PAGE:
Graphene 'paper' able to behave like animated origami (w/ video)

November 9, 2015 by Bob Yirka report
A fast self-folding box driven by light. (A) Time profiles of self-folding movements of a cross-shaped piece of paper with and without NIR light irradiation. The sample was placed on the platform and illuminated with NIR light (100 mW cm−2) normal to its surface (light is incident from above). (B) IR images of the self-folding box with and without light illumination (100 mW cm−2, NIR light). Credit: (c) 2015 Science Advances (2015). DOI: 10.1126/sciadv.1500533

(Phys.org)—A team of researchers with Donghua University in China has found a way to cause tiny (0.8 to 6 centimeter) objects made of graphene sheets to move around in specific ways using just heat and infrared light—and it is based on origami. In their paper published in the journal Science Advances, the team describes the types of graphene they used, the types of objects they created and the ways in which the objects were able to be moved.

The work by the team was inspired by origami, an art form based on folding . In this instance, the paper was instead two types of one-atom thick sheets of infused with hydrogen and resulting in graphene oxide and graphene oxide-polydopamine. The former does not react to water but the second does. To create origami type structures, the team infused the latter with water molecules than bonded the two types of sheets together—when heat or light was applied to the second type, it would cause the to be released, making the paper shrink slightly, which in turn would exert a force that would pull against the second type of sheet. This allowed for the creation of hinges or joints which could be employed on command, which made the objects programmable in a sense.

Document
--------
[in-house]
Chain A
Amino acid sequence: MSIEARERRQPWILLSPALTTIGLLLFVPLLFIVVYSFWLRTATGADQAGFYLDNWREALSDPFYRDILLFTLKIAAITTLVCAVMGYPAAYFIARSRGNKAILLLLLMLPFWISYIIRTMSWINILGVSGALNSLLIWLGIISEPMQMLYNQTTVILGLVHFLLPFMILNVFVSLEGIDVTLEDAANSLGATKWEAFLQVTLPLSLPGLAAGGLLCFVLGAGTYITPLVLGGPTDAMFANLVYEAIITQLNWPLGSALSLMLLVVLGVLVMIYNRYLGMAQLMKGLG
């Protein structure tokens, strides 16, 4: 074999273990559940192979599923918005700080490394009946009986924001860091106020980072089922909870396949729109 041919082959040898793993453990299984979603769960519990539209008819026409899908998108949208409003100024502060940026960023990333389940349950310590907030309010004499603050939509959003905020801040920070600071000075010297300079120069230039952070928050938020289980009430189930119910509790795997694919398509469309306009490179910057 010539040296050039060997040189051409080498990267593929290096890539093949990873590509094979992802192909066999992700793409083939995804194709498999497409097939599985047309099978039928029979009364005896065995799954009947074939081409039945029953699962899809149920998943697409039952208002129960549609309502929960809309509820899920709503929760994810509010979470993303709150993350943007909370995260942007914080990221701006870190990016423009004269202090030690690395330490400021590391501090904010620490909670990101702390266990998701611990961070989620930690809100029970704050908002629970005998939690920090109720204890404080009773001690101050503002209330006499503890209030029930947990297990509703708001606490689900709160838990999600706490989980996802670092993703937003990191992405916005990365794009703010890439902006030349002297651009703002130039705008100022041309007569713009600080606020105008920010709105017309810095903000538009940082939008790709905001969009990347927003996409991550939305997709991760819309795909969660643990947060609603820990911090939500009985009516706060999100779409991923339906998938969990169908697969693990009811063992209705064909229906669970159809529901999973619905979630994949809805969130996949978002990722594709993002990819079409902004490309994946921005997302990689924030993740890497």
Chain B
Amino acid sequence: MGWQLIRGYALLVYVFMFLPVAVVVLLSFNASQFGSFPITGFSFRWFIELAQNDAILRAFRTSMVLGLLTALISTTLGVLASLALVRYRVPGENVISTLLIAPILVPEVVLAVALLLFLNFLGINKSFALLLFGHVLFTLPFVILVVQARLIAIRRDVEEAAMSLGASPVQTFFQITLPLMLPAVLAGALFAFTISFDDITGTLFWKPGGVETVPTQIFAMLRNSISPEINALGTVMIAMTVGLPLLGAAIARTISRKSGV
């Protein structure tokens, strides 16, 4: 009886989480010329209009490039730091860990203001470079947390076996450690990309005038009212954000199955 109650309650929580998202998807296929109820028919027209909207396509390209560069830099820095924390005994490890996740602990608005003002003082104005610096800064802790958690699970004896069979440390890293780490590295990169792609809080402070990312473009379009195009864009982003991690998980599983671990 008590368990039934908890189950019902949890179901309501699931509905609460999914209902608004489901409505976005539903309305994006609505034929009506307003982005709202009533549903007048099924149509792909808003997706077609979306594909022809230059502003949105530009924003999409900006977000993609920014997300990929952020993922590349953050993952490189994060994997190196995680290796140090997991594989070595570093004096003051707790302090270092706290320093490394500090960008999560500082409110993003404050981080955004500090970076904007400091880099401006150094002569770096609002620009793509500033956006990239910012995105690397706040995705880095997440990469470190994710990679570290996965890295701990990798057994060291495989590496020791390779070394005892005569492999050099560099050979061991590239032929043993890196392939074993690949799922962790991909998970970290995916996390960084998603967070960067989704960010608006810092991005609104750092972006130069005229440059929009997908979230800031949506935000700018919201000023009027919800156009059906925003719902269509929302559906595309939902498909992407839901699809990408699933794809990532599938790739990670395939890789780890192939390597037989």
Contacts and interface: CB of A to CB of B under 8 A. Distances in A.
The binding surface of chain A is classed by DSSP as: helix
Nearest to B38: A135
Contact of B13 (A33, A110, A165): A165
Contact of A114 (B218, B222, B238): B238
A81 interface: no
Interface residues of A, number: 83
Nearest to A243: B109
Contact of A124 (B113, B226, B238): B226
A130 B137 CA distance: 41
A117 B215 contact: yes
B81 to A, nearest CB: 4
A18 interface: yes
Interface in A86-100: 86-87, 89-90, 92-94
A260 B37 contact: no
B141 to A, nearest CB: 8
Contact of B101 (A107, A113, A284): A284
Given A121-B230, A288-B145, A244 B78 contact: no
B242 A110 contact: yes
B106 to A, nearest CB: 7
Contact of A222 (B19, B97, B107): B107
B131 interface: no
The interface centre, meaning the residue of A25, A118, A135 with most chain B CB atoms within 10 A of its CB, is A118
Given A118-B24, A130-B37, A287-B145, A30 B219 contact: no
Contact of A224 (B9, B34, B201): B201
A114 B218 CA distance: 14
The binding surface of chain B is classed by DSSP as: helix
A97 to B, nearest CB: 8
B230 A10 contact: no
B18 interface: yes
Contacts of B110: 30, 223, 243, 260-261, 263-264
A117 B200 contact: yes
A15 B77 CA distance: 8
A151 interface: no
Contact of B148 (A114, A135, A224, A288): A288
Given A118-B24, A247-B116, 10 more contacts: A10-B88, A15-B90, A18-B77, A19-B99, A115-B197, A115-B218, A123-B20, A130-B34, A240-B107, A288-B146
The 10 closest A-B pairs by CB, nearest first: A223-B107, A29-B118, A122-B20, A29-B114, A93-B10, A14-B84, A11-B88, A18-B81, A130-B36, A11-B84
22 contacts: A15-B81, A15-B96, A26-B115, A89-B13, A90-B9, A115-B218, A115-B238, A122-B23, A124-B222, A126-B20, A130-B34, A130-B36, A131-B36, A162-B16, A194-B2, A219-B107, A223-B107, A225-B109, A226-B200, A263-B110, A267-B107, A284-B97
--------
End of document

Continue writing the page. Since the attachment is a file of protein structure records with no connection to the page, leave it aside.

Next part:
To demonstrate the usefulness of their idea, the team bonded sheets together in such a way as to cause a box to self-form. Another example was of a sheet that formed into a worm-shaped object that was capable of inching along a surface—the team found they could cause it to turn by heating just one side of it. The third was a claw-like object that was capable of grabbing onto something else and in some instances was able to lift other small objects.

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The photoactuation behavior of the self-folding box. Credit: Donghua University

The researchers believe their research could lead to the development of a wide variety of objects such as remotely controlled robots, tissue engineering or even the development of a type of artificial muscle. For their next project, they want to see if it might be possible to create similar types of objects at a much smaller scale, perhaps down to nanosize—they believe the properties and performance of such tiny objects would be different at such sizes and are eager to find out what they may be.

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The walking behavior of the wormlike walking device driven on and off by an NIR light on and off (100 mW cm−2). Credit: Donghua University

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The turning behavior of the wormlike walking device driven by an IR laser. Credit: Donghua University
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The grasping behavior of the “artificial/robotic hand” driven by light irradiation. Credit: Donghua University

Explore further: Researchers find electron chirality in graphene impacts current flow

More information: J. Mu et al. Origami-inspired active graphene-based paper for programmable instant self-folding walking devices, Science Advances (2015). DOI: 10.1126/sciadv.1500533

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betterexists
not rated yet Nov 09, 2015
Add to it BARKING or Shrieking Noise & Surprise the Dog/Cat that want to mess it all up.
Giving Mild Shocks may not be a good idea.
Some peanut sized meat piece dropping from roof level as long as they are playing with it may be O.K
Otherwise, They will ignore it pretty soon!
IT MEANS WE CAN GET FLEXIBLE Robots in the Future. Good.

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